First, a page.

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ERIC Number: ED239777
Record Type: RIE
Publication Date: 1983-Aug
Pages: 12
Abstractor: N/A
Reference Count: 0
Early Interactions between Infants and Their Postpartum Depressed Mothers.
Field, Tiffany
The present study investigated whether infants of mothers who were depressed postpartum would behave like infants of non-depressed mothers who simulated depression. A total of 24 mothers and their 3-month-old infants were videotaped during face-to-face interactions. All mothers were given the Beck Depression Inventory (BDI) and the State-Trait Anxiety Inventory. Mothers receiving scores of 16 or above on the BDI were recruited for the depressed group; non-depressed mothers with BDI scores of 4 or less were selected from the random sample to match depressed subjects on age, parity, socioeconomic status, and education. Interactions were recorded in which mothers were instructed to behave spontaneously, to simulate depression, and to again behave naturally. Recordings for each type of behavior were 3 minutes long. Infant behaviors coded were frequency of vocalizations, positive and negative facial expressions, and duration of looking away, protesting, and looking wary. Tapes were separately coded for similar behaviors of the mother. Additionally recorded were infants' and mothers' baseline and interaction heart rates and infants' activity levels. Results suggest that the infant is able to detect the affective quality of the mother's displays and appropriately modify affective displays in response to them; depression in the mother may be transmitted to her offspring during their very early interactions. (RH)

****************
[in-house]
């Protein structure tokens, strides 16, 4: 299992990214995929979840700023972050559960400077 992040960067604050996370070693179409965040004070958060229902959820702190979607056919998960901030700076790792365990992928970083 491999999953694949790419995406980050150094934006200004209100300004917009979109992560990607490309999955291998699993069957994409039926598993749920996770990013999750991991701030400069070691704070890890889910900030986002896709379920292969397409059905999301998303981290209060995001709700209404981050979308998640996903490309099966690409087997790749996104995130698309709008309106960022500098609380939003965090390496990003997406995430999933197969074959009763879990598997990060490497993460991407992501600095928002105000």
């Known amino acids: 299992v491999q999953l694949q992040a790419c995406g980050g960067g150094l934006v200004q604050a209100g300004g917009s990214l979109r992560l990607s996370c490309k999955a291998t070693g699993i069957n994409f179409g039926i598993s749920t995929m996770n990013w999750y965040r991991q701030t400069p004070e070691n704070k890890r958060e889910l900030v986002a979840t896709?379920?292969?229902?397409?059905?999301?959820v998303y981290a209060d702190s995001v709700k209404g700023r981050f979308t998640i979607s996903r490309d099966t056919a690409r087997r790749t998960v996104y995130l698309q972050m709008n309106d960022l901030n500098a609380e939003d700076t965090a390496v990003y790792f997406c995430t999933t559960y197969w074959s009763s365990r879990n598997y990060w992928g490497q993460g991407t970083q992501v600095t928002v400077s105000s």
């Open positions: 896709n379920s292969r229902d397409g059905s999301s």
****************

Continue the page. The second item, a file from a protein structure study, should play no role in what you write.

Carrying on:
Publication Type: Reports - Research; Speeches/Meeting Papers
Education Level: N/A
Audience: Researchers
Language: English
Sponsor: National Inst. of Mental Health (DHEW), Rockville, MD.
Authoring Institution: N/A
Identifiers: Coding; Facial Expressions; Postpartum
Note: Paper presented at the Annual Convention of the American Psychological Association (91st, Anaheim, CA, August 26-30, 1983). This document will not reproduce well.